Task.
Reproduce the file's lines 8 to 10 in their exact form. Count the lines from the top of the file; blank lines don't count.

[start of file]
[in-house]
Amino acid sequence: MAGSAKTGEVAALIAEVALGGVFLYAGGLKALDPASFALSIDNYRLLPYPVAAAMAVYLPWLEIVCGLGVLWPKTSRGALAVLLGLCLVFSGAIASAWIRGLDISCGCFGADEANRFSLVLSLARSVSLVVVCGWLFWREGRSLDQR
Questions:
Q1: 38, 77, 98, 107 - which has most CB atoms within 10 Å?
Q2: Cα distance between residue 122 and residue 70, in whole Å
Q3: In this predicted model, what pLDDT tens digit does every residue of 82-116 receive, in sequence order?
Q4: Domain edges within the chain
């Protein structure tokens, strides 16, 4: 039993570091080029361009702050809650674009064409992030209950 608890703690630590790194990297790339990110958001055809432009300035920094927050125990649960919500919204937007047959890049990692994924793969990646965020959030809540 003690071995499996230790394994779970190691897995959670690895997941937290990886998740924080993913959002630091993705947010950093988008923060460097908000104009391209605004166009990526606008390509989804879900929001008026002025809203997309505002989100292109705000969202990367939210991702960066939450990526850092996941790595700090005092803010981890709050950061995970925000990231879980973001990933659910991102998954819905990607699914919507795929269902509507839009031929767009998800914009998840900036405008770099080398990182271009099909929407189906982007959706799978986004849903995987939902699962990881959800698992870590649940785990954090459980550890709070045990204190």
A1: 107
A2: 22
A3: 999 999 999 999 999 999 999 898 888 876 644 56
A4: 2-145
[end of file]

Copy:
């Protein structure tokens, strides 16, 4: 039993570091080029361009702050809650674009064409992030209950 608890703690630590790194990297790339990110958001055809432009300035920094927050125990649960919500919204937007047959890049990692994924793969990646965020959030809540 003690071995499996230790394994779970190691897995959670690895997941937290990886998740924080993913959002630091993705947010950093988008923060460097908000104009391209605004166009990526606008390509989804879900929001008026002025809203997309505002989100292109705000969202990367939210991702960066939450990526850092996941790595700090005092803010981890709050950061995970925000990231879980973001990933659910991102998954819905990607699914919507795929269902509507839009031929767009998800914009998840900036405008770099080398990182271009099909929407189906982007959706799978986004849903995987939902699962990881959800698992870590649940785990954090459980550890709070045990204190």
A1: 107
A2: 22